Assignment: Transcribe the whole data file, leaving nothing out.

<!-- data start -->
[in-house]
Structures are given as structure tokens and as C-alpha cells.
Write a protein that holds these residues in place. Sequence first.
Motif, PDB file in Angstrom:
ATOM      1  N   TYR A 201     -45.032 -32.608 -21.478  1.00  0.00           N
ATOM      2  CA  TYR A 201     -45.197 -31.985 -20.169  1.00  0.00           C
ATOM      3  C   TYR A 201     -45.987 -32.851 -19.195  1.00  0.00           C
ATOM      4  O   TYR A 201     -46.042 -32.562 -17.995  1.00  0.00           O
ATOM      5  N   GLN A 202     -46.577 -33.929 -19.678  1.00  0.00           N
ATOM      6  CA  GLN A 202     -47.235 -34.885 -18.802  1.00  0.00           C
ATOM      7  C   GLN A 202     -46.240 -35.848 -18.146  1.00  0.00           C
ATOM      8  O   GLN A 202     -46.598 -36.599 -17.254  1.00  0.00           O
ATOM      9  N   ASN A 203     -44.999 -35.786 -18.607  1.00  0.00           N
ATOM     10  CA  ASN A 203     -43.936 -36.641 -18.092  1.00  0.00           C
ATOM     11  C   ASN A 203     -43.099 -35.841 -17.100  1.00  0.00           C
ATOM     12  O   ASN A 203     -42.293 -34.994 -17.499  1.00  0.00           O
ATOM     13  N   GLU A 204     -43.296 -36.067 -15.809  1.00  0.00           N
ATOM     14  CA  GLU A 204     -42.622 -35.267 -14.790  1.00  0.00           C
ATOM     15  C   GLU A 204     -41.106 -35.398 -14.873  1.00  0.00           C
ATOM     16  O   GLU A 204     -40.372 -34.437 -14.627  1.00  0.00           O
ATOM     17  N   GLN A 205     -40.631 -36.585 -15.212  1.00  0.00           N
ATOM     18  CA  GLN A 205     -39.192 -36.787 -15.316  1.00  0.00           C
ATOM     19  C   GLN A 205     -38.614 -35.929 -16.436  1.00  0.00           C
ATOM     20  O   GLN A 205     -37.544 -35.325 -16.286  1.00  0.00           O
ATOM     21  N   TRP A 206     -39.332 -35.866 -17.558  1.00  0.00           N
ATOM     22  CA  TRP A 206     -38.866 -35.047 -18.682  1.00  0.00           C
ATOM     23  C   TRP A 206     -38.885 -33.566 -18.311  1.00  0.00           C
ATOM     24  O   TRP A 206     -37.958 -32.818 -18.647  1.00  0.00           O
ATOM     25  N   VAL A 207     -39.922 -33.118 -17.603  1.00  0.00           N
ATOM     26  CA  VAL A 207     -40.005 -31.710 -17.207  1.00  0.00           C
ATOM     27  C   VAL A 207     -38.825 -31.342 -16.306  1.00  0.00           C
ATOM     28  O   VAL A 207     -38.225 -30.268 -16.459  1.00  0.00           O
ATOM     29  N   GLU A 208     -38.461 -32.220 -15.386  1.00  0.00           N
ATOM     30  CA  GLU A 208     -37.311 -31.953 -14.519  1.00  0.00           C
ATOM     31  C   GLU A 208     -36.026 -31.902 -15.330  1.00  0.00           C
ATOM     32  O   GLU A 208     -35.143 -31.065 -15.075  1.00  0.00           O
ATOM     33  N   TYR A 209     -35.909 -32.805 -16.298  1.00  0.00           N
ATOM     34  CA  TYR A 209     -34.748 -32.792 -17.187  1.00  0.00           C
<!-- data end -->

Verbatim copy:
[in-house]
Structures are given as structure tokens and as C-alpha cells.
Write a protein that holds these residues in place. Sequence first.
Motif, PDB file in Angstrom:
ATOM      1  N   TYR A 201     -45.032 -32.608 -21.478  1.00  0.00           N
ATOM      2  CA  TYR A 201     -45.197 -31.985 -20.169  1.00  0.00           C
ATOM      3  C   TYR A 201     -45.987 -32.851 -19.195  1.00  0.00           C
ATOM      4  O   TYR A 201     -46.042 -32.562 -17.995  1.00  0.00           O
ATOM      5  N   GLN A 202     -46.577 -33.929 -19.678  1.00  0.00           N
ATOM      6  CA  GLN A 202     -47.235 -34.885 -18.802  1.00  0.00           C
ATOM      7  C   GLN A 202     -46.240 -35.848 -18.146  1.00  0.00           C
ATOM      8  O   GLN A 202     -46.598 -36.599 -17.254  1.00  0.00           O
ATOM      9  N   ASN A 203     -44.999 -35.786 -18.607  1.00  0.00           N
ATOM     10  CA  ASN A 203     -43.936 -36.641 -18.092  1.00  0.00           C
ATOM     11  C   ASN A 203     -43.099 -35.841 -17.100  1.00  0.00           C
ATOM     12  O   ASN A 203     -42.293 -34.994 -17.499  1.00  0.00           O
ATOM     13  N   GLU A 204     -43.296 -36.067 -15.809  1.00  0.00           N
ATOM     14  CA  GLU A 204     -42.622 -35.267 -14.790  1.00  0.00           C
ATOM     15  C   GLU A 204     -41.106 -35.398 -14.873  1.00  0.00           C
ATOM     16  O   GLU A 204     -40.372 -34.437 -14.627  1.00  0.00           O
ATOM     17  N   GLN A 205     -40.631 -36.585 -15.212  1.00  0.00           N
ATOM     18  CA  GLN A 205     -39.192 -36.787 -15.316  1.00  0.00           C
ATOM     19  C   GLN A 205     -38.614 -35.929 -16.436  1.00  0.00           C
ATOM     20  O   GLN A 205     -37.544 -35.325 -16.286  1.00  0.00           O
ATOM     21  N   TRP A 206     -39.332 -35.866 -17.558  1.00  0.00           N
ATOM     22  CA  TRP A 206     -38.866 -35.047 -18.682  1.00  0.00           C
ATOM     23  C   TRP A 206     -38.885 -33.566 -18.311  1.00  0.00           C
ATOM     24  O   TRP A 206     -37.958 -32.818 -18.647  1.00  0.00           O
ATOM     25  N   VAL A 207     -39.922 -33.118 -17.603  1.00  0.00           N
ATOM     26  CA  VAL A 207     -40.005 -31.710 -17.207  1.00  0.00           C
ATOM     27  C   VAL A 207     -38.825 -31.342 -16.306  1.00  0.00           C
ATOM     28  O   VAL A 207     -38.225 -30.268 -16.459  1.00  0.00           O
ATOM     29  N   GLU A 208     -38.461 -32.220 -15.386  1.00  0.00           N
ATOM     30  CA  GLU A 208     -37.311 -31.953 -14.519  1.00  0.00           C
ATOM     31  C   GLU A 208     -36.026 -31.902 -15.330  1.00  0.00           C
ATOM     32  O   GLU A 208     -35.143 -31.065 -15.075  1.00  0.00           O
ATOM     33  N   TYR A 209     -35.909 -32.805 -16.298  1.00  0.00           N
ATOM     34  CA  TYR A 209     -34.748 -32.792 -17.187  1.00  0.00           C